At this stage, I was left with the market data for (almost) every item on the market in my cache.  What to do from here?  I used the dumper tool from EVE-Central to scrape the cache and export the market orders for every item into one CSV file.  This process unsurprisingly took quite a while.  However, it also meant that much of the hard part was done, as Python was undoubtedly my strongest language of all those I had used so far, and all that remained was to use it to process the data into a user-friendly format.  Some quick code calculations yielded a script which analyzed the orders for every item, threw out those with no data or those with only one type (buy or sell) of order, calculated the % profit margin for each item (taking my skills into account), and threw away any item with less than 30 mil worth of potential profit currently on the market.  Entity's Reverence library provided me with the means to pull the names for the items from their item IDs.  The results were exported to another HTML file in the form of a table, which using some jQuery magic, gave me the ability to sort the data by column.  I included columns for volume and margin, so I could play with the data as I wished.  I also made each item's name into a link that would open the market data for that item, to make checking on/trading desirable items easier.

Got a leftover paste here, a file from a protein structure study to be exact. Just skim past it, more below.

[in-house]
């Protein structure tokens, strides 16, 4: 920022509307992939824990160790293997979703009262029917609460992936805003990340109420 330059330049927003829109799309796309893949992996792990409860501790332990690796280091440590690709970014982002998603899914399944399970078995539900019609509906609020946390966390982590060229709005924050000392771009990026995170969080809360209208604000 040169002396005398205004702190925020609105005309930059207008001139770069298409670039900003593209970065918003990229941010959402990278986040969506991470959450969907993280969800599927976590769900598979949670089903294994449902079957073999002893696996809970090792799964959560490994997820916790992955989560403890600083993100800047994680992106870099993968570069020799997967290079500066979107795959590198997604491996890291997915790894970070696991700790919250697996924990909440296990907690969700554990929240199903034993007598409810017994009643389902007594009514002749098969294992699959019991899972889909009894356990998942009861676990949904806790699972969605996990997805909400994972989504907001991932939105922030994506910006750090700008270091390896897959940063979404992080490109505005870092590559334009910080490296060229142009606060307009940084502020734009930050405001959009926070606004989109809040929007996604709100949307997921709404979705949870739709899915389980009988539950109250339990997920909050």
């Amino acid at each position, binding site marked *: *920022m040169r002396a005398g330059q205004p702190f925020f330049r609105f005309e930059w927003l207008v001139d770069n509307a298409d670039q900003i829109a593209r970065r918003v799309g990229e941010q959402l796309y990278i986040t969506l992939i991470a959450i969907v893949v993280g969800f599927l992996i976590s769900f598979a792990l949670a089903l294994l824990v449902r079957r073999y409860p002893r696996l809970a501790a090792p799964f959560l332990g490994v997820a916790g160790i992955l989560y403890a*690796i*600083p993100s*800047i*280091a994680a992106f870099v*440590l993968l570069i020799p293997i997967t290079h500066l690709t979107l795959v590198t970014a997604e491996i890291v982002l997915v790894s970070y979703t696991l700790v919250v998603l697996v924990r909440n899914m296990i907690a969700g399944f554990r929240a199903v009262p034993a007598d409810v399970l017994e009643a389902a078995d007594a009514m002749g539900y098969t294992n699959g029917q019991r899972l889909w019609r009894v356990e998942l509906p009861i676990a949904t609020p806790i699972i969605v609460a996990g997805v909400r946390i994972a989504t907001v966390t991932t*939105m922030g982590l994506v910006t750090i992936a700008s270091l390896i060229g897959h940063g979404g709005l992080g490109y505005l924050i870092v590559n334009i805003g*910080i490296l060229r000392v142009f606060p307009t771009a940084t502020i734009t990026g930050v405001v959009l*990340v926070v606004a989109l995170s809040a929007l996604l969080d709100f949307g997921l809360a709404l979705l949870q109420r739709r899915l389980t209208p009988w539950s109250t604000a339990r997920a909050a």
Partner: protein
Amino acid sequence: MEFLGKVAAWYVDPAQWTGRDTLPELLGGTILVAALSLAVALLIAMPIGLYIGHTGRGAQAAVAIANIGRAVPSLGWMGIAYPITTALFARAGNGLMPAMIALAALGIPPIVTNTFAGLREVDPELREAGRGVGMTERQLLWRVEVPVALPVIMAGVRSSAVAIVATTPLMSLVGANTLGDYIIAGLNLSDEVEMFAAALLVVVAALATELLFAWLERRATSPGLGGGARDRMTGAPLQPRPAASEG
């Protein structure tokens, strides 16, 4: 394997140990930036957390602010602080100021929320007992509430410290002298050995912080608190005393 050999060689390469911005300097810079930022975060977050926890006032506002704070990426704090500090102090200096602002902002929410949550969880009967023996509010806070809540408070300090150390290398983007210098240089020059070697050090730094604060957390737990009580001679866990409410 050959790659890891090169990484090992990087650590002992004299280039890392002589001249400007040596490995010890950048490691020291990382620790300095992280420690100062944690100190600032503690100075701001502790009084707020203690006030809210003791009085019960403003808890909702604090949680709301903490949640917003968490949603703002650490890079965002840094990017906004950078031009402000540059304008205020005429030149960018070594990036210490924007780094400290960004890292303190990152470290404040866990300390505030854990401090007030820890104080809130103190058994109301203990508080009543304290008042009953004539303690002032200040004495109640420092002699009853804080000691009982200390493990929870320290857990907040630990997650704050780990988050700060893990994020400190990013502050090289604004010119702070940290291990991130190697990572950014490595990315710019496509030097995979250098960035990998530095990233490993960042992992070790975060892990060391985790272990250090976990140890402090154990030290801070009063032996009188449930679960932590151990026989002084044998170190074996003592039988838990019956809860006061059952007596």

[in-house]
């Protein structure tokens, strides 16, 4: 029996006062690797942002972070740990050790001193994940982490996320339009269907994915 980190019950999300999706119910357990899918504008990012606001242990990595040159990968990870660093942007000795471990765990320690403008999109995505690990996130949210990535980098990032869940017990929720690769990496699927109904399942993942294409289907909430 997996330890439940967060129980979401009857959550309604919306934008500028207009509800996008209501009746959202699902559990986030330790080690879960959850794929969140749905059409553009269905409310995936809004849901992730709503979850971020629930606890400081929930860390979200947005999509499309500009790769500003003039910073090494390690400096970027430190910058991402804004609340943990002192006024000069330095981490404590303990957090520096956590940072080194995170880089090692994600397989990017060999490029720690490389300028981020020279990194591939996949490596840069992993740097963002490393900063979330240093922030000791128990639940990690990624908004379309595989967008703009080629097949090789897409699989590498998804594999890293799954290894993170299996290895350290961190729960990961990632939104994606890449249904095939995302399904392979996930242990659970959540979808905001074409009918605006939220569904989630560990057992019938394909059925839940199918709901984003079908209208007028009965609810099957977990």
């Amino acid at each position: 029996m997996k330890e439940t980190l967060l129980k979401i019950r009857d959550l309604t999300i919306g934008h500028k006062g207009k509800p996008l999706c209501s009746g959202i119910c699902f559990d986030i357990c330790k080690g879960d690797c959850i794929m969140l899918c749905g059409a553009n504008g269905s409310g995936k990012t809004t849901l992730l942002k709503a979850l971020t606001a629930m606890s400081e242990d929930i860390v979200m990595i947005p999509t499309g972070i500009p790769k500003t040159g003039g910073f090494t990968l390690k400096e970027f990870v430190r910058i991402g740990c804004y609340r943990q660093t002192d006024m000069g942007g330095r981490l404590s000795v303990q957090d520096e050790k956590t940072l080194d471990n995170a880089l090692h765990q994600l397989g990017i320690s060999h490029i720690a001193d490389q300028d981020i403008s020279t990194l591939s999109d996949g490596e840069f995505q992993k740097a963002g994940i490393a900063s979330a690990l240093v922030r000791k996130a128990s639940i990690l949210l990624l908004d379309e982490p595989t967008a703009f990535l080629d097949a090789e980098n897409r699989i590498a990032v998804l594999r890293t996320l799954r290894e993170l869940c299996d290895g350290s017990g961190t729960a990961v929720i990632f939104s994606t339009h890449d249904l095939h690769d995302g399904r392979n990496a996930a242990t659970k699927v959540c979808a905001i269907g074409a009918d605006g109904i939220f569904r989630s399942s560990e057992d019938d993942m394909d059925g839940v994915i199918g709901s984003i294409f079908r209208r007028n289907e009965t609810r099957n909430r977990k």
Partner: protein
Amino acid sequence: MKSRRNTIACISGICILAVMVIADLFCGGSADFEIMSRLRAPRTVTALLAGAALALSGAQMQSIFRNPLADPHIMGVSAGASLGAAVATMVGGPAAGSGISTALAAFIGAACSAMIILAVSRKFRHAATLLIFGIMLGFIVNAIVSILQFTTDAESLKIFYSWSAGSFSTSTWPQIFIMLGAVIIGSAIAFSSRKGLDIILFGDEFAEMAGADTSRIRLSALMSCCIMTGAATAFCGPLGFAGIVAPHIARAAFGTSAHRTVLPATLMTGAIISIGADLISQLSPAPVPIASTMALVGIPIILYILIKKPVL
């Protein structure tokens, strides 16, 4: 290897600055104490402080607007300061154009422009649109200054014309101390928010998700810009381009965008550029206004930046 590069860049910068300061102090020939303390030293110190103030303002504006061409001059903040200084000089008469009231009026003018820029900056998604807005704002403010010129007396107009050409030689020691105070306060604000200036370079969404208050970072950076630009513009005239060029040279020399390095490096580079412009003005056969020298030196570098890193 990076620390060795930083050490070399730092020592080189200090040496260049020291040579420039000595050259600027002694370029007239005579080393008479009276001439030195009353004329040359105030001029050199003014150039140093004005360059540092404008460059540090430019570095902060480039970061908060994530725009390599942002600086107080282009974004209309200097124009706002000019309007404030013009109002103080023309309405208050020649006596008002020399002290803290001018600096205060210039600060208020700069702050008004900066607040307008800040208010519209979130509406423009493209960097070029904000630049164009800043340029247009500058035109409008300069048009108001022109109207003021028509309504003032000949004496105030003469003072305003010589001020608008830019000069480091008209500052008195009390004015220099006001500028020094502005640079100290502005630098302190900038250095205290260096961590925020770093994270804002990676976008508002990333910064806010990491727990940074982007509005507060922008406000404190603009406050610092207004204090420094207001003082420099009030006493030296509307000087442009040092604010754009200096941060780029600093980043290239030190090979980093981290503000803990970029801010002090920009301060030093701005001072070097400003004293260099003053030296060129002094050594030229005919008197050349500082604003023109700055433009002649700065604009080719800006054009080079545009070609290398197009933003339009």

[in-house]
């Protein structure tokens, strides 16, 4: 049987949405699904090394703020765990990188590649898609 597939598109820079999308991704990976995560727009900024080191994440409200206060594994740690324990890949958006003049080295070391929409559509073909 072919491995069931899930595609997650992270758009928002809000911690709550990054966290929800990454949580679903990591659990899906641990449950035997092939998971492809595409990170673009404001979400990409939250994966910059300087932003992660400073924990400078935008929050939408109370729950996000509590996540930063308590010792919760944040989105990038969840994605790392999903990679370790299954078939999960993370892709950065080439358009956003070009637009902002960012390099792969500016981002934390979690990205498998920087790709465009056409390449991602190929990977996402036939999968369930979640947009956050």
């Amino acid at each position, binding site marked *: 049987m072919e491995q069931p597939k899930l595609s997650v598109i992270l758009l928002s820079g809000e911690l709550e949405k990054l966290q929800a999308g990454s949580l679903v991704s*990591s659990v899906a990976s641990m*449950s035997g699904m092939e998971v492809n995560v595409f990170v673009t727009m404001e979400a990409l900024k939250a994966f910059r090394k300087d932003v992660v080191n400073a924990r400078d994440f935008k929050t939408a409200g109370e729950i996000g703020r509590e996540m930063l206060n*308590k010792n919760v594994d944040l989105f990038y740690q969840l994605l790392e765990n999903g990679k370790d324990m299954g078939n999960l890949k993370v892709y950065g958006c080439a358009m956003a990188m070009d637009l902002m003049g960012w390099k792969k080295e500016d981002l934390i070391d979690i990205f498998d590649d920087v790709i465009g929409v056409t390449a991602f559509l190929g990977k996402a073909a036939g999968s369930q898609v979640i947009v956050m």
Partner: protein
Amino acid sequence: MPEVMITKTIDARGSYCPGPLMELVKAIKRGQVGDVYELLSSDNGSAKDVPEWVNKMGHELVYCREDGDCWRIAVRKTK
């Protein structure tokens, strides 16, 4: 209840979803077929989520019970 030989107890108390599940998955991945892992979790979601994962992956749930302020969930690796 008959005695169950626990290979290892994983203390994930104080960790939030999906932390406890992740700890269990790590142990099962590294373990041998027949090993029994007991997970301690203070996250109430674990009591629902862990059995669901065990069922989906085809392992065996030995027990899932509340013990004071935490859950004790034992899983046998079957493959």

I am fairly happy with the end result, and it's not hard to see why; I now have an easy to use table that contains data on most of the items worth station trading.  I only actually went through the list for a few minutes, but in those few minutes I found at least two new items to invest in with profit margins in the thousands of percents that looked very promising.

For the time being, I do not think I will be releasing this file.  Though I love helping the community, which gives me indirect competition, I have never released any of the items I am trading in because I would like to avoid directly competing with my readers as much as possible.  Releasing this file to the masses would make my life absolute hell whenever I try to station trade.  However, I spent about two days making this program, and I did not have available to me (most of) a step by step guide on how to do so.  Anyone with a simple background in code or the ability to Google should be able to recreate a lot of what I've done here simply based on reading the above guide.  Though I probably shouldn't, I have a soft spot for helping people out, so if you have any questions, leave a comment or PM me on reddit (/u/toxicity959) and I will see if I can help you work through whatever problems you may have encountered.

Thanks for reading my blog and keep on developing!  Fly safe o7

1 comment:

  1. Have a look into EMDR, if you want to look at market data.

    If you want an up to data database conversion: